Tuesday, July 24, 2012

Now hear this!

One key mistake we make when studying for our subjects is that we use our eyes. That sounds counter-intuitive as the material we study from is textual and is therefore accessible via the eyes.

But the eyes are much better used for observing events, that is, for gathering data first-hand. Visual input goes straight to a binary decision-making flip-switch that responds through instinct, not logic. The two options are MOVE or STAY. MOVE breaks down to two possibilities -- Fight or Flight -- in response to a perceived threat. STAY is the primary default state (due to the Law of Conservation of Energy). There is no time to process visual stimulus. Whether one ends up as someone else's lunch or whether we get to consume another meal is highly dependent on instant recognition of a threat and the instant reaction to it.

Study through the eyes messes up our mental state. We experience a sensation akin to fear due to the stress we are under when studying. Instinct tells us to MOVE, but visually there is no real, physical, urgent threat to MOVE TO confront or AWAY FROM to avoid. So we STAY in a confused state until ennui sets in. Actually learn anything? In that state of mind, y'think?

Text is language-based, and the eye doesn't apprehend language at all. Text is, after all, second-hand knowledge. Language is a translation of different stimulus input that has to undergo a process of encoding (where it becomes an idea) before it can be relayed to another person who then has to undertake a decoding process in order to apprehend the idea being transmitted.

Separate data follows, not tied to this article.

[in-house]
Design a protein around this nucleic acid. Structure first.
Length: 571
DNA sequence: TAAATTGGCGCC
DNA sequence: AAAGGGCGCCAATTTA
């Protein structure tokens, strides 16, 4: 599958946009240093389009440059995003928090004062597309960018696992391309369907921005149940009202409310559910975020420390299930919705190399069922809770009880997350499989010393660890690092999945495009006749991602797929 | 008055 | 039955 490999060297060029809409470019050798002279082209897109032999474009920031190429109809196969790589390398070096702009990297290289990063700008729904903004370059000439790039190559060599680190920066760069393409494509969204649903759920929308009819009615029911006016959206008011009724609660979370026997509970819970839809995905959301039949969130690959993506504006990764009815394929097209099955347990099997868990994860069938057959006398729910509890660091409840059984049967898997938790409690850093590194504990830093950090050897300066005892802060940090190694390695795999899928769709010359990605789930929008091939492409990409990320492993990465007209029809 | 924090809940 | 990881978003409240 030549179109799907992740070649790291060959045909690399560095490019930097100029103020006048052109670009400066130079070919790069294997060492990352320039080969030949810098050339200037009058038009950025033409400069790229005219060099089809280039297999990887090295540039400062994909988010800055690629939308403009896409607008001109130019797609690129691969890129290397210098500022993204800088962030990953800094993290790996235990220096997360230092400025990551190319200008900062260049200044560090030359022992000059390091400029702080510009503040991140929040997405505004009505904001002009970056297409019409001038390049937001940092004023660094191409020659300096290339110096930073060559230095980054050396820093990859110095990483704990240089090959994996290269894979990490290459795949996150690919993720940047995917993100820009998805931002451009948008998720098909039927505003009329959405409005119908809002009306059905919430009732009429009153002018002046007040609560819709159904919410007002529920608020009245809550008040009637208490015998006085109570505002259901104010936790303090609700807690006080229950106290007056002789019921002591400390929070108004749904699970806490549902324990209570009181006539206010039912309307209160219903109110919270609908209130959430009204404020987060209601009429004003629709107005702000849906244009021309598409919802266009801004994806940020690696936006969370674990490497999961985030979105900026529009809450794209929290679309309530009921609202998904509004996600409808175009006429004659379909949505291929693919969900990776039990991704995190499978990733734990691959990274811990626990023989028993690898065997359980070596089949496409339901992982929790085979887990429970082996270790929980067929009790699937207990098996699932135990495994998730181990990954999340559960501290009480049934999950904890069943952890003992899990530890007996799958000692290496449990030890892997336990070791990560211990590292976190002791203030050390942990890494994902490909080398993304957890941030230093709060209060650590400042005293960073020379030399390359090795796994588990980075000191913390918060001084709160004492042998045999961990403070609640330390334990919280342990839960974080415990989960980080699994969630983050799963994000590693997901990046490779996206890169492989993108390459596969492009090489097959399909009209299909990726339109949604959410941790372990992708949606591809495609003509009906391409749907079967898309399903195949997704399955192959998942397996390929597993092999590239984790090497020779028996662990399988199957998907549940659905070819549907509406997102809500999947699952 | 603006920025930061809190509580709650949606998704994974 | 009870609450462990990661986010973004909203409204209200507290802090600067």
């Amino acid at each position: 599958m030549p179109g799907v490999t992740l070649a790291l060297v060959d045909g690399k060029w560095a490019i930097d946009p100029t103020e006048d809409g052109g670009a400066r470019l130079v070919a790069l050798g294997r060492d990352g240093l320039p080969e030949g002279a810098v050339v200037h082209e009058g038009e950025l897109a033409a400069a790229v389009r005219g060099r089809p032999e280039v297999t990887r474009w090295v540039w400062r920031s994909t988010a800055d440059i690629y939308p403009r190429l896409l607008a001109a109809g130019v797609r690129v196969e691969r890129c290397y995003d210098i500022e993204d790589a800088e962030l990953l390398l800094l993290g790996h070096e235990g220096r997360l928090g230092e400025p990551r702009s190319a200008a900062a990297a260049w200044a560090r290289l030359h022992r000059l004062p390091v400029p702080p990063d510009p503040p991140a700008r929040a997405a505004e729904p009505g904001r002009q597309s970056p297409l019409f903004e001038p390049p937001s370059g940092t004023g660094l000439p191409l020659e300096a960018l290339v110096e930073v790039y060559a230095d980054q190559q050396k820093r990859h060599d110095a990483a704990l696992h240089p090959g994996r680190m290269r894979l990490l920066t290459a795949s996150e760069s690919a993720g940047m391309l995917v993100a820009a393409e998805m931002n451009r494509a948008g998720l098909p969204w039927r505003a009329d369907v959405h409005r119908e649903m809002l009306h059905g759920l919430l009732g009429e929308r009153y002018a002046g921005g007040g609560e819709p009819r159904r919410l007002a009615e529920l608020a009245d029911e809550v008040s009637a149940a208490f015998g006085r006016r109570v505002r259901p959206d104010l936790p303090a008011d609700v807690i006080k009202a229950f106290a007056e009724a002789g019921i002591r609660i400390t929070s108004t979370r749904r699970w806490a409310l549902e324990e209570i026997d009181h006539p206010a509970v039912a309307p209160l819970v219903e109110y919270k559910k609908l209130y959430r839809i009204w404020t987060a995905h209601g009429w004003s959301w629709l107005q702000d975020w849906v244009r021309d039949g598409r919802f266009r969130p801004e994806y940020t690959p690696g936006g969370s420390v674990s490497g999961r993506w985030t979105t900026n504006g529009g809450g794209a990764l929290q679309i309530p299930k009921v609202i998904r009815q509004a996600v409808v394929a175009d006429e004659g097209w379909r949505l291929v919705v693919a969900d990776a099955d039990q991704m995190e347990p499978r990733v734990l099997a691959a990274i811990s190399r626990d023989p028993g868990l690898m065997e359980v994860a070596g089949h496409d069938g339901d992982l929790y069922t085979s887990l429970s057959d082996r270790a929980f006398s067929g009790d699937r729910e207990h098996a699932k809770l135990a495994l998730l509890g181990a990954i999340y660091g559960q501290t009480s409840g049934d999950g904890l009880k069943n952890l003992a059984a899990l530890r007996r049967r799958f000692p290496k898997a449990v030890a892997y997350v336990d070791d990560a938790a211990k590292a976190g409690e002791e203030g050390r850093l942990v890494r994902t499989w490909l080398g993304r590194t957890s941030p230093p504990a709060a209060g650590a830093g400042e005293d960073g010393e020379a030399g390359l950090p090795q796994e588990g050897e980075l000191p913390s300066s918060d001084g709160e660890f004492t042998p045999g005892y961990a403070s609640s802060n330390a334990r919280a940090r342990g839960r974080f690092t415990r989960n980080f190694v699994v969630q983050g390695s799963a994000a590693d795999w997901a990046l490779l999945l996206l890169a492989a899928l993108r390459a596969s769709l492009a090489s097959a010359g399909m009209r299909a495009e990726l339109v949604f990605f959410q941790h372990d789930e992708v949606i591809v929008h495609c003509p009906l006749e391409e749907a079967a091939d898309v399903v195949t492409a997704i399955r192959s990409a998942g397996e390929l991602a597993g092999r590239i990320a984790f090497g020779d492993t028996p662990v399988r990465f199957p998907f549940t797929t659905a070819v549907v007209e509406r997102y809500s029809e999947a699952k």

This process involves the faculties of reasoning based on logic and requires a common set of shared ciphers and congruent reference points in order to function. The eye has no time for all this processing. Language is fully dependent on our sense of hearing and our ability to listen, not just to the text itself, but also the undercurrents of emotion and nuance that are all but invisible but not to the empathetic ear which picks up inflection and tone and recognizes further meaning in them.

Kids, when you study from text or any other visual stimulus, the best sensory organ to use are your ears.  The listening path is the more direct route to the processing parts of your brain if you are apprehending knowledge through language. The idea that we are visual learners requiring varied visual input to learn is a myth. The reason why we learn faster from video is not due to the image itself, but rather the accompanying audio track that tells us what the hell is going on.


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